The results are clear for all to see. Post-Qaddafi Libya is a land where suspicions of the democratic process, of political parties, and of liberalism more widely still linger. Although some Libyans have rushed to form political parties, the population at large tends to view such institutions with distrust -- a senior Muslim Brotherhood member told me recently that Libyans will vote for personalities over parties. As one Libyan political activist explained, "A large section of the Libyan population is still under the influence of Qaddafi's ideological legacy and his hostility to anything related to political organization."

The most likely result from Libya's upcoming election is political fragmentation, but Qaddafi's long rule has engendered fears that one party might control the new political arena. As a result, the new election law rules that only 80 of the 200 seats in the National General Congress can be allocated to parties, with the rest being reserved for individual candidates. It is for this reason that, while the Islamists are likely to do well in the polls, they will not be in a position to dominate in the same way they have done next door in Tunisia and Egypt.

Even as Libya's new rulers do everything possible to prevent the rise of another Qaddafi, the sad irony is that the colonel's legacy makes this ever more difficult. Qaddafi's refusal to allow any genuine political engagement means that only a few figures -- generally former exiles or those with links to reformists in the former regime -- have achieved national stature. As a result, aside from the Muslim Brotherhood, many of Libya's new parties are focused primarily around one or two personalities. The National Centrist Party, a project of former acting Prime Minister Ali Tarhouni, and Islamist leader Abdelhakim Belhaj's Al-Watan Party are examples of this phenomenon.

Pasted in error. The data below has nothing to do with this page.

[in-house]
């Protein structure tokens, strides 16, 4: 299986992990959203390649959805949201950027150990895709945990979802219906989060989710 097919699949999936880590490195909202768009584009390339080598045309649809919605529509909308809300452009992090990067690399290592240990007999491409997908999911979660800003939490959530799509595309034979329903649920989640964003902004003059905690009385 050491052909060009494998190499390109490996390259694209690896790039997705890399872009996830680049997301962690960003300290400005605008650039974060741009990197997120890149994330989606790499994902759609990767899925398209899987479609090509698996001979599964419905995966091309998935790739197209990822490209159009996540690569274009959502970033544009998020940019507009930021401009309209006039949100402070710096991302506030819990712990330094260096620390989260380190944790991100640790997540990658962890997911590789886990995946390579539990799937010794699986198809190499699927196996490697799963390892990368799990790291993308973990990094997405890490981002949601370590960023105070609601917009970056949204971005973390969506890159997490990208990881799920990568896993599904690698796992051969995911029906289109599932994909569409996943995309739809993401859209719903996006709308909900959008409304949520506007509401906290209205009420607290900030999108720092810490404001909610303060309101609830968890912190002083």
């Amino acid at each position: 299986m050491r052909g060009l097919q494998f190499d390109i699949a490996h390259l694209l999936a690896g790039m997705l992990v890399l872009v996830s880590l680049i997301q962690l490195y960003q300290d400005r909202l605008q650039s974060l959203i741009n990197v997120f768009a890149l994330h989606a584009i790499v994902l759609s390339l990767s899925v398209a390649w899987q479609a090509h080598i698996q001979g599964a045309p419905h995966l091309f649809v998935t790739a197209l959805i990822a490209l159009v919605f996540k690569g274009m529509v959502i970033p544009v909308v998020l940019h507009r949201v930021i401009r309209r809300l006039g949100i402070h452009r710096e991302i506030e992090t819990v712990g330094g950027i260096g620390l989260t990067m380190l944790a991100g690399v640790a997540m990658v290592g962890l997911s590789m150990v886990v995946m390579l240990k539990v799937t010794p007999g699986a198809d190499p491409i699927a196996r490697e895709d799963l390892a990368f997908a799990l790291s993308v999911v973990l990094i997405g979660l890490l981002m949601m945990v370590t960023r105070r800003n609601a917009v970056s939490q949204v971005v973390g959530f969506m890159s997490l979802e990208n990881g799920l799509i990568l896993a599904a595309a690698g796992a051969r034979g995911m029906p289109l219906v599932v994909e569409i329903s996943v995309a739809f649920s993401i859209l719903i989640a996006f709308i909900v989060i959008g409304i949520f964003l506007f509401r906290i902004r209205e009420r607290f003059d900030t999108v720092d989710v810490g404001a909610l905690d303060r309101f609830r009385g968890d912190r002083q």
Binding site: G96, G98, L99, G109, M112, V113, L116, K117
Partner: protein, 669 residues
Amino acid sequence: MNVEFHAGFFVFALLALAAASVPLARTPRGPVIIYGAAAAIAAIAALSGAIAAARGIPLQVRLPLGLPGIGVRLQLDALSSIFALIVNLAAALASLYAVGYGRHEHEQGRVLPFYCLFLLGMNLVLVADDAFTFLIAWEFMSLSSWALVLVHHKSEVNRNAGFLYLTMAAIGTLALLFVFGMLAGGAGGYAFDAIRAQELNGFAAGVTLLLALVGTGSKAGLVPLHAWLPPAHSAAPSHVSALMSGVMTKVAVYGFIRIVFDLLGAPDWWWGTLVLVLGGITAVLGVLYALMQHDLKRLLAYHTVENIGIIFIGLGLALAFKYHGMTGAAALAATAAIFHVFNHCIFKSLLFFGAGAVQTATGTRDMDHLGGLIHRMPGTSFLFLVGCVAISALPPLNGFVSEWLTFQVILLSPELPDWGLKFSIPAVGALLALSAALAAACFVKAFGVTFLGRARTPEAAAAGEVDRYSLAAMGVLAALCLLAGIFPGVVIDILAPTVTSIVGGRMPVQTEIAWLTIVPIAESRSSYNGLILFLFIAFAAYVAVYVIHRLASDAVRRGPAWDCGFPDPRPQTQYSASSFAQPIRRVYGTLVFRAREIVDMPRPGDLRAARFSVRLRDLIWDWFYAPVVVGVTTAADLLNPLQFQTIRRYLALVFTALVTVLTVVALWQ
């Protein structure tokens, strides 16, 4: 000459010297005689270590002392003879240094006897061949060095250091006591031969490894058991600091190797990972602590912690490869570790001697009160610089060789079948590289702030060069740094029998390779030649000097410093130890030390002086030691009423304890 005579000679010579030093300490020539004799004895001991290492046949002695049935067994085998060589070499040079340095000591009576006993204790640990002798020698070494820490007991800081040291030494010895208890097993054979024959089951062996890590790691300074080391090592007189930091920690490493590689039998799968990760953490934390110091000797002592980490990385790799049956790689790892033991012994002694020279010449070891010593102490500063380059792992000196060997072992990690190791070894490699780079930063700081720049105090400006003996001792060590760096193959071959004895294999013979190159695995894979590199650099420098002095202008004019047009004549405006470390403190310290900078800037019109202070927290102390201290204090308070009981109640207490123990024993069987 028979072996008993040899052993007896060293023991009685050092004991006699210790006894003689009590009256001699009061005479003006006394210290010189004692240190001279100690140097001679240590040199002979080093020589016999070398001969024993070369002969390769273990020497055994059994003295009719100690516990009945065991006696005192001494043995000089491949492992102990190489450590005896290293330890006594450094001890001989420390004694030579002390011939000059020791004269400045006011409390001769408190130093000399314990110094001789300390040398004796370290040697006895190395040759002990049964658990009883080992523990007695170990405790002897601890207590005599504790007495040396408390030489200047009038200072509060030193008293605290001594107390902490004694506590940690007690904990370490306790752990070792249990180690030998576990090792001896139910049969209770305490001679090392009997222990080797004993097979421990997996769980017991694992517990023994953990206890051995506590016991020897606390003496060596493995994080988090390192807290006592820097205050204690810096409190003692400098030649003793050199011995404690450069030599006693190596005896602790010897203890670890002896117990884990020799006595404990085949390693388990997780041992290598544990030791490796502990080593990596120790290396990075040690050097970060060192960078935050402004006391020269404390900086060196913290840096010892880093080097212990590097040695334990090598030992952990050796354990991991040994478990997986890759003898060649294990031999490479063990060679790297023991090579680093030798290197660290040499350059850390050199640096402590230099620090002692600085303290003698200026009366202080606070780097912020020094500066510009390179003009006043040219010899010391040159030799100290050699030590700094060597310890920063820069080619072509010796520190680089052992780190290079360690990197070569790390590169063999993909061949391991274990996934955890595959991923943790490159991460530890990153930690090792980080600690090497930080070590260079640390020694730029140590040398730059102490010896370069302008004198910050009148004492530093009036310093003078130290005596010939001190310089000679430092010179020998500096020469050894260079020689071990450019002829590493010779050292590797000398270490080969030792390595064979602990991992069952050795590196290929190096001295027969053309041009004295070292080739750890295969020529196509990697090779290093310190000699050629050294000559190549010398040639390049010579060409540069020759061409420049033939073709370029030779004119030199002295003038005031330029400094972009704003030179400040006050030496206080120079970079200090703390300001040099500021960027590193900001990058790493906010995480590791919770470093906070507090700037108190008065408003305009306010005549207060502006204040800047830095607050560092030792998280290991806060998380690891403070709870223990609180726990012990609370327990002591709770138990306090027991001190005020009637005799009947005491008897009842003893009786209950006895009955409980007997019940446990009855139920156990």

Furthermore, many of these parties are firmly anchored in a specific region, with some having to form coalitions in order to extend their reach to the national level. The new Libya has splintered into a collection of local power centers, all jostling to secure the interests of their immediate area -- a backlash against the excessive centralization and rigid control of the Qaddafi era.

The other reason for Libya's intense localism is that Qaddafi was the center -- and when he collapsed, the center collapsed with him. Aside from the energy sector, the colonel failed to create any meaningful institutions that could outlive him. Even the army, kept deliberately weak by Qaddafi, has been unable to survive the crisis and is struggling in the face of the militias, whose legitimacy is drawn from their revolutionary achievements. Despite the complex political system Qaddafi created, the state was really little more than a facade -- a smokescreen behind which Qaddafi and his coterie of close advisors retained complete control.